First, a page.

Saturday, January 14, 2012

we need to share more, y'all

Watching a documentary about Wal-Mart in all its evil glory. One of the largest corporations in the United States of America, Wal-Mart is either a godsend or a curse from hell. As for me, I love walking in Wal-Mart. Aisles and aisles of items you can trade your good dollar for in exchange for an "improved" life.

The documentary starts off with a man, presumably the CEO of Wal-Mart, giving a speech about how Wal-Mart is an evolutionary company that cares for its employees and offers low prices for the benefits of their followers customers, providing opportunities for lower income families to buy the bare necessities for less than a dollar.

But do we think about what really goes on? No, unless you work at Wal-Mart or you know someone who works in Wal-Mart, you wouldn't be exposed to the lack of ethics in this looming corporate giant. Severely unpaid employees and the closures of generations-old mom and pop shops. As the people who are at the top get richer and richer, its hardest working employees work so hard to get by.Slowly but surely, the United States is turning into a colorful playground of supercenters. Yep. The obese version of supermarkets has arrived -- supercenters now.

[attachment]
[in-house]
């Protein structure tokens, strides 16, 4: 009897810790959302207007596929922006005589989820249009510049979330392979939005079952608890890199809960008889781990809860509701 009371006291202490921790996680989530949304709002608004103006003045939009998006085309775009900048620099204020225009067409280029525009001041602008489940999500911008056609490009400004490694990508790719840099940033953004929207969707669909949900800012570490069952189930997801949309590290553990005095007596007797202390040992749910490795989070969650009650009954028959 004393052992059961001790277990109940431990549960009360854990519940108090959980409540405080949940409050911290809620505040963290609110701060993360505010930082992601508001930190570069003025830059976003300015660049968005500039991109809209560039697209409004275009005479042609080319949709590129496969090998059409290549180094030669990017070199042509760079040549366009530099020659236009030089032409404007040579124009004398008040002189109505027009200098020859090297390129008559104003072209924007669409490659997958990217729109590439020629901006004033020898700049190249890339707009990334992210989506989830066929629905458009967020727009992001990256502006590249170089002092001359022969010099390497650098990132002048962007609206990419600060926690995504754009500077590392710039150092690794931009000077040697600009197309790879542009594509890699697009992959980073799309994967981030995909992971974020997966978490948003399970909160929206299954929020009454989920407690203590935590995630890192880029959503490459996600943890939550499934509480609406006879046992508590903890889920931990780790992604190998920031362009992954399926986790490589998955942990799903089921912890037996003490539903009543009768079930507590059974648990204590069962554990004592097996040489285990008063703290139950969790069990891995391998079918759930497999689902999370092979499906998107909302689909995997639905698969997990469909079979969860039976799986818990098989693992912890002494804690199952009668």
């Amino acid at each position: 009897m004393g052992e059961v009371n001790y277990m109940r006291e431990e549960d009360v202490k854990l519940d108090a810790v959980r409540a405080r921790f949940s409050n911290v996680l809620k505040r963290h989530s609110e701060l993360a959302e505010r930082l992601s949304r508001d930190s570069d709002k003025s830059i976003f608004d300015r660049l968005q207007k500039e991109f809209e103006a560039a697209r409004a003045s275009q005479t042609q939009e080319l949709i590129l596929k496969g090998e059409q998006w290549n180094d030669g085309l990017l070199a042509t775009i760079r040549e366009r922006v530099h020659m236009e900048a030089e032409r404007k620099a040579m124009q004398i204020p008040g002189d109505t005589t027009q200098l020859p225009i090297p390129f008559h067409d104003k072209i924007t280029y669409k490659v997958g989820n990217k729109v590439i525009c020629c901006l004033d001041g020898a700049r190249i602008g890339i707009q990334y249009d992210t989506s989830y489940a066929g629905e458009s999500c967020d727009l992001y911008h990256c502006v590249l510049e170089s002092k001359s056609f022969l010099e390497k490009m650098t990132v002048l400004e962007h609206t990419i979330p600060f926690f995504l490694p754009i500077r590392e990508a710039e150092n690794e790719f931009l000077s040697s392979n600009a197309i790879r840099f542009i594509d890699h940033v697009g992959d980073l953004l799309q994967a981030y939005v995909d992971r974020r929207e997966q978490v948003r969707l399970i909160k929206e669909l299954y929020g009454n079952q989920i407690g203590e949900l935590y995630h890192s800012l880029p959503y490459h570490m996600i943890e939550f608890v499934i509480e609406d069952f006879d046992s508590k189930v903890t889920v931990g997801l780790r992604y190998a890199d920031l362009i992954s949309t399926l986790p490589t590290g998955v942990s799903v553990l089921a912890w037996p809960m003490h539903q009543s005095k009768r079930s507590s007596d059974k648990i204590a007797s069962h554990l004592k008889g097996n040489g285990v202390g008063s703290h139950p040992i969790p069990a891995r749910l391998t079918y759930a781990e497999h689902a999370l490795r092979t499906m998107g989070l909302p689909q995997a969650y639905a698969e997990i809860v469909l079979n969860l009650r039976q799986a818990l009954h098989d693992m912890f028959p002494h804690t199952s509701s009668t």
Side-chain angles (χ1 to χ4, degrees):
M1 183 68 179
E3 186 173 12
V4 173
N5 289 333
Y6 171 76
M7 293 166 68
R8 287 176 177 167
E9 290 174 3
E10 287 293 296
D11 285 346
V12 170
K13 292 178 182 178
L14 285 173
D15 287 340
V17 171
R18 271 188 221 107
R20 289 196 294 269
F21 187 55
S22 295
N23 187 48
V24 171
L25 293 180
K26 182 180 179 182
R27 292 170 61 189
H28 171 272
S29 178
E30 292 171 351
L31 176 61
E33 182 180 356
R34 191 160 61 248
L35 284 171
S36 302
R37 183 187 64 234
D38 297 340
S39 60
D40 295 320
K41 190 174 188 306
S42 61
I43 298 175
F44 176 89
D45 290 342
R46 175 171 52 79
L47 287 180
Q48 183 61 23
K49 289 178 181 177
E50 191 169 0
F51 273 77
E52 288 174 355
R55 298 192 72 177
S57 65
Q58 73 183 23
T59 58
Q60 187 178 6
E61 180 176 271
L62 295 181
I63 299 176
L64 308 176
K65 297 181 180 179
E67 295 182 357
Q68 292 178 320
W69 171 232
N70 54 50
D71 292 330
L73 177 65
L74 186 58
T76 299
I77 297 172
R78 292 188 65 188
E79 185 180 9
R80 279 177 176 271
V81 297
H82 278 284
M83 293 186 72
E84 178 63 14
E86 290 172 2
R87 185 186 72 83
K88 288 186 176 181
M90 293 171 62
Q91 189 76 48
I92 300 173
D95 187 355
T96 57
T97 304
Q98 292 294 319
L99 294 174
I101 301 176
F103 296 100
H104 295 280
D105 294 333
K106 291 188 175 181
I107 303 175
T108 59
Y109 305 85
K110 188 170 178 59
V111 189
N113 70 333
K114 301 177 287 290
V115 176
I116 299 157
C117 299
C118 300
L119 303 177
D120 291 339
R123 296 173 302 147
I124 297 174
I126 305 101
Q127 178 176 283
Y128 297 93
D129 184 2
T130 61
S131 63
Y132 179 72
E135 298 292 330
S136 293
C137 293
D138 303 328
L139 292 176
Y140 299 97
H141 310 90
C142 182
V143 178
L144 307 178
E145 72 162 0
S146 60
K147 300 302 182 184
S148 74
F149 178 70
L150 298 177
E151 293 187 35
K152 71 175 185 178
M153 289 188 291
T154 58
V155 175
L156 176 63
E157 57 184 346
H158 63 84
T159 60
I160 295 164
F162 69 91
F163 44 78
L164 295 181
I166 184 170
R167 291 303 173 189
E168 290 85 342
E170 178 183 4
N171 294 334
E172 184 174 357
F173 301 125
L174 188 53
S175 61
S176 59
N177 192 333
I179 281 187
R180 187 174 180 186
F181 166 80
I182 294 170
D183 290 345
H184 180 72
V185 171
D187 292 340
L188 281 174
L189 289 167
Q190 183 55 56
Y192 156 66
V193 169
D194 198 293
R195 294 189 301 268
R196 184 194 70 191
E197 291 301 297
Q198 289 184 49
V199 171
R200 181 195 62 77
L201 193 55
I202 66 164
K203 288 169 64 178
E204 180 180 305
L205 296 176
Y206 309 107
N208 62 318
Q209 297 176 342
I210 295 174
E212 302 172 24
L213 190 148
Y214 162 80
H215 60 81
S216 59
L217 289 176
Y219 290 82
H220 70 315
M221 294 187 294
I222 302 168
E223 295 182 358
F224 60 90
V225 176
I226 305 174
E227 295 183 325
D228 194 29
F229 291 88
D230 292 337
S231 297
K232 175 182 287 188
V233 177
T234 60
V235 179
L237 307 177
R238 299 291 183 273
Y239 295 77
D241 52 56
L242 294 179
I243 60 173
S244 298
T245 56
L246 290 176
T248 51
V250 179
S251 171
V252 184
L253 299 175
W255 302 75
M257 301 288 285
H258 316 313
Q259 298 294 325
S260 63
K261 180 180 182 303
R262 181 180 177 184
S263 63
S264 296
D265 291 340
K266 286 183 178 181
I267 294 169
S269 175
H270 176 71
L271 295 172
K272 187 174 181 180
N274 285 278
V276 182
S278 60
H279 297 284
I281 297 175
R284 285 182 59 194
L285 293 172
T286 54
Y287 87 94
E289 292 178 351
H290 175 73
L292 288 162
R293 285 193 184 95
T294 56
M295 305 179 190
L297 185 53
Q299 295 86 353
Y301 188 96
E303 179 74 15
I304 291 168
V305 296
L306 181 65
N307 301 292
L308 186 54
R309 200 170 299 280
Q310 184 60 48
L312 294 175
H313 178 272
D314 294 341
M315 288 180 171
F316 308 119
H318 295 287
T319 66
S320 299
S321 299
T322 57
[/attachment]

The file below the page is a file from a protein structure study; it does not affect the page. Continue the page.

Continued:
You know there's a problem when your corporation earns billions and billions of blood, sweat and tears and you only donate 1% back into improving other people's lives -- as you are apparently so eager to do. One part out of a hundred, is that how much you think the ratio should be? What a materialistic world we are living in. Way back in the day, we used to help each other succeed. Why is it that now, we are so greedy and unwilling to share?

Regardless of all this, I am a hypocrite in this case, and although I am aware of it, I would still shop in Wal-Mart. As always, I am on the guilty side.
To anyone who wonders if a modern day devil exists, he does, and his name is Wal-Mart.

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